Despite his objections, neo-Confederate ideas, events, and symbols abound in his religious empire.  Robert E. Lee's birthday, not Lincoln's, is celebrated in Moscow's Logos School.  Even though the school's principal he denied its presence, this link contains a picture of Lee's portrait hanging in a Logos schoolroom.

General Lee was also featured in a PowerPoint presentation given at a Moscow Chamber of Commerce retreat by its executive director and Christ Church member Paul Kimmell.  The last slide showed the Confederate flag and Old Glory side by side as if they should be given equal value. In an article in the Spokesman Review (10/22/06), Wilson confessed that the Confederate flag has been displayed at church and school functions.

One of Wilson's defenders complained that his critics are picking one small book on slavery out of his voluminous writings on other redeeming topics. Wilson's support for slavery, however, is intimately connected with other writings that affirm male superiority, hierarchy, and inequality. As to support for the Old South in other works, Wilson and his co-author Douglas Jones describes the Antebellum South as "the last nation of the first Christendom," and they predict that by God's will "the South will rise again" (Angels in the Architecture , pp. 203, 205).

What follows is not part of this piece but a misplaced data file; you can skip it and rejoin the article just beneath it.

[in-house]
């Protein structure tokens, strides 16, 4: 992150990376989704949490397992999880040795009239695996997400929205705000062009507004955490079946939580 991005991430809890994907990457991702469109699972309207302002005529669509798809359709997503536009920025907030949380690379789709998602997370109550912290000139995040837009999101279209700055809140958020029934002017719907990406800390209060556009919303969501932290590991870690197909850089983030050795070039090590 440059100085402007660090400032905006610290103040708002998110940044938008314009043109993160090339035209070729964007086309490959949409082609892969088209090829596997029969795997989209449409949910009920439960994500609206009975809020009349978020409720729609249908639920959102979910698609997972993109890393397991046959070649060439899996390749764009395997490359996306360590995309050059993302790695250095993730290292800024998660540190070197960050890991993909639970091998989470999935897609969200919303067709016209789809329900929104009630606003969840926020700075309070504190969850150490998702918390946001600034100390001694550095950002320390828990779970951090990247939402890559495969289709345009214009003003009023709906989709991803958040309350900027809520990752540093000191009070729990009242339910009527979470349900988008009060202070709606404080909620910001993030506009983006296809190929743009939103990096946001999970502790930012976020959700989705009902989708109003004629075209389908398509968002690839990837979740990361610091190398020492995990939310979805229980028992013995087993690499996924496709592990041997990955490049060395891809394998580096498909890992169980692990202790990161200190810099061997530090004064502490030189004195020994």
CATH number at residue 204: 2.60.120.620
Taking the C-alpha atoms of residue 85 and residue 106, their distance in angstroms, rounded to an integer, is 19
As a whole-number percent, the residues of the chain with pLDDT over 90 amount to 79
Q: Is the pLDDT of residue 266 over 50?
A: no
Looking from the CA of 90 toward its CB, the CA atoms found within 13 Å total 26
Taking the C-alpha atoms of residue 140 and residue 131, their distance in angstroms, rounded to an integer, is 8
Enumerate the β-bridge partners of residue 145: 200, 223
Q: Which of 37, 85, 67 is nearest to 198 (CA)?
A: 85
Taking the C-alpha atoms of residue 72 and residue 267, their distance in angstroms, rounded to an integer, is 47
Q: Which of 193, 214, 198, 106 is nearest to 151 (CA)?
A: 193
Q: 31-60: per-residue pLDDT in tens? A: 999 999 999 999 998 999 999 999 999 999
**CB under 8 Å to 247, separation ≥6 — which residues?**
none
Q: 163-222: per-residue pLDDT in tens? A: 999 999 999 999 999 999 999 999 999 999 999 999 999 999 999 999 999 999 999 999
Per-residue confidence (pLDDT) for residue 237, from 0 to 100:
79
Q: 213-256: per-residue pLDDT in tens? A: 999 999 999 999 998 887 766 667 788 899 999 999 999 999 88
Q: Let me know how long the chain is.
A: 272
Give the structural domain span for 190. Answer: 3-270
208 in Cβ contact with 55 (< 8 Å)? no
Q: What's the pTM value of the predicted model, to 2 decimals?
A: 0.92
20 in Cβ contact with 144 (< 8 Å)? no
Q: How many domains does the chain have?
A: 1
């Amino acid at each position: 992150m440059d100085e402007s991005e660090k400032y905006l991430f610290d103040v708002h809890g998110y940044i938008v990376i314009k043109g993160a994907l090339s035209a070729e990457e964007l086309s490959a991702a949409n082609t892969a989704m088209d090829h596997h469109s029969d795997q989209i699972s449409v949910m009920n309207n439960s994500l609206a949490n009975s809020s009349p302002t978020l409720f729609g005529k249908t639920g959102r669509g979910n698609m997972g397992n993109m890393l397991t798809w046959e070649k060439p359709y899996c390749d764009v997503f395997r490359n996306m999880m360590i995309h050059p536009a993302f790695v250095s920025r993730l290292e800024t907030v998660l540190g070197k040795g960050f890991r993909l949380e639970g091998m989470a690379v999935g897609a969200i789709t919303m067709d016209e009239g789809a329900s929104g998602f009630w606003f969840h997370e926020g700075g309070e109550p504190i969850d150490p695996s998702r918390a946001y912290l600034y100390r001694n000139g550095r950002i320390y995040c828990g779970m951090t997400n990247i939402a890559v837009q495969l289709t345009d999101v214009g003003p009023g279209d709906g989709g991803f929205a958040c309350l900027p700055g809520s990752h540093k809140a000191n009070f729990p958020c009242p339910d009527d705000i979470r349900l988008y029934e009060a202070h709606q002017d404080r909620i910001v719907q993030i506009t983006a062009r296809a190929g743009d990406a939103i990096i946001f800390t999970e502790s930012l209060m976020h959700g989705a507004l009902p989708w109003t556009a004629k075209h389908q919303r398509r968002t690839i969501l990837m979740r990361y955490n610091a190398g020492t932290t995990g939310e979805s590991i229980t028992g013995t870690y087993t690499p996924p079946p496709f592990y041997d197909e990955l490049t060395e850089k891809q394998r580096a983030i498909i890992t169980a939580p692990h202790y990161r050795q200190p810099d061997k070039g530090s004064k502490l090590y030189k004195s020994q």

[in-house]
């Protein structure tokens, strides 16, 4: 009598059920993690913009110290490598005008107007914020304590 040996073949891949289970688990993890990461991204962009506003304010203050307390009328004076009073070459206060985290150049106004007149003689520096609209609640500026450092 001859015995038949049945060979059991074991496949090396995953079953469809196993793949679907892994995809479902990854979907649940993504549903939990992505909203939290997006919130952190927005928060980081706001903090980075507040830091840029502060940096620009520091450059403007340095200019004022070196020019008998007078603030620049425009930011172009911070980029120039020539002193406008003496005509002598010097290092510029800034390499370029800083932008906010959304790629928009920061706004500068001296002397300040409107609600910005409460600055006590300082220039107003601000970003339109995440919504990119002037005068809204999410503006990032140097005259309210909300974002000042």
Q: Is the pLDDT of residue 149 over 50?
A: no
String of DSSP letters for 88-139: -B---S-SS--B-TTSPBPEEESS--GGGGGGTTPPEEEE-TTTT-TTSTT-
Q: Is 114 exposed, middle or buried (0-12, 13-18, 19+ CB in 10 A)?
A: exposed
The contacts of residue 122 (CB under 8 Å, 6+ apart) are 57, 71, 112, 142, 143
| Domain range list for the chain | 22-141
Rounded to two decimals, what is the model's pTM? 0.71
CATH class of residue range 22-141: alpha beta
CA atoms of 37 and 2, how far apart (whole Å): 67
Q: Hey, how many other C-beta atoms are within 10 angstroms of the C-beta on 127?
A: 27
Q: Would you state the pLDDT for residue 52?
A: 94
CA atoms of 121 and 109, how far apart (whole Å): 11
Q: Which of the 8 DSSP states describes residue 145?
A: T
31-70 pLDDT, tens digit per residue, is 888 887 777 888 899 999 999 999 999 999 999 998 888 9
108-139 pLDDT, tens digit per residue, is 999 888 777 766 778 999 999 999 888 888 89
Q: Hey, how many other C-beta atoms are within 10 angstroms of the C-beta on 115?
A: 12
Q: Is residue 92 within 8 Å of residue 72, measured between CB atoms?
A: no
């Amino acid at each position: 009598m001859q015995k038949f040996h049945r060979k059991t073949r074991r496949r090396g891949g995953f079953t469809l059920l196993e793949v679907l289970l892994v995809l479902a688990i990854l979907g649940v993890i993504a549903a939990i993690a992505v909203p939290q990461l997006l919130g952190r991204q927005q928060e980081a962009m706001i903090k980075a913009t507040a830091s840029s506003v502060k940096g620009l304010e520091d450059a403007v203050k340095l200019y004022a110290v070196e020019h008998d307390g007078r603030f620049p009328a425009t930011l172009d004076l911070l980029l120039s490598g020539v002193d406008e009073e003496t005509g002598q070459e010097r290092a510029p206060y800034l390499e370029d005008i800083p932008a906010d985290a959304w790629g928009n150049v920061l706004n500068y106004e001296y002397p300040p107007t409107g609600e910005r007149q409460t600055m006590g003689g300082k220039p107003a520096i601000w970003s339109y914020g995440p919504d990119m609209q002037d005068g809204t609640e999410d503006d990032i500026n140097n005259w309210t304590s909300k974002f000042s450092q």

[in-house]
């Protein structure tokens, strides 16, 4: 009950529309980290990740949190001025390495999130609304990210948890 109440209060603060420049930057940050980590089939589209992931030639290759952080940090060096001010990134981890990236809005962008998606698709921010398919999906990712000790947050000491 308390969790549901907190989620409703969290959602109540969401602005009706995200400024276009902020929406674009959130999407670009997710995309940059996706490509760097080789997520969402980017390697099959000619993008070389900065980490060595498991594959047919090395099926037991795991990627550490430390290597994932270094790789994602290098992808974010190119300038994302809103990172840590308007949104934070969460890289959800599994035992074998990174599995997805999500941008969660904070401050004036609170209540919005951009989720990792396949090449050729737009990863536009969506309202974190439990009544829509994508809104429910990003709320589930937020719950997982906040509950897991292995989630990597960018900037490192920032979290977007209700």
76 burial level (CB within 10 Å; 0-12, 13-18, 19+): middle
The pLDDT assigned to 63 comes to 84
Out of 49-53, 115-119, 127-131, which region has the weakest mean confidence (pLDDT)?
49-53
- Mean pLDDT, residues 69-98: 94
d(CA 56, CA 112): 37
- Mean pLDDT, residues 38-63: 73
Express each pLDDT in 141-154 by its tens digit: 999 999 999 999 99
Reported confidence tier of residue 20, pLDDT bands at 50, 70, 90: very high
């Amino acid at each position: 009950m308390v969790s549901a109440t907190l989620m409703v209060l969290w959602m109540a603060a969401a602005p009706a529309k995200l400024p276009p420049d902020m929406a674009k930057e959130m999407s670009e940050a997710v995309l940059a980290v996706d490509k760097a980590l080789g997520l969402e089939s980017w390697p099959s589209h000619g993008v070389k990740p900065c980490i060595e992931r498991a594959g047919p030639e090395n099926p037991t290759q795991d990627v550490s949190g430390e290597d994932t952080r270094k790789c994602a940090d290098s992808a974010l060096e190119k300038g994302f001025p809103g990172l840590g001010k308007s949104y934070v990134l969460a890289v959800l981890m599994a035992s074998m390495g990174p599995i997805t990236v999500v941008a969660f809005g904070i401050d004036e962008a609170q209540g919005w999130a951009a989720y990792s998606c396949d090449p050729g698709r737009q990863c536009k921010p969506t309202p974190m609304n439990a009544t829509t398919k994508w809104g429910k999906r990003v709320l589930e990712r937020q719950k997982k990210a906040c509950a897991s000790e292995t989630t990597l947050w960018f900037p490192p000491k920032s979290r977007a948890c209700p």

Display:
is Wilkins Auburn Avenue Presbyterian affiliated?  The PCA?  How widespread is the influence of the LOS in southern Presbyterian churches?

by Rusty Pipes on Sat Jan 12, 2008 at 07:45:42 PM EST
Wilkins church is or at least was, affiliated with PCA.

Intelligence Report, published by the Southern Poverty Law Center, had a long article about the LOS, Wilkins and the PCA awhile back. I am not sure if Wilkins et al are still part of it, or if the issue of "federal" theology has caused a schism.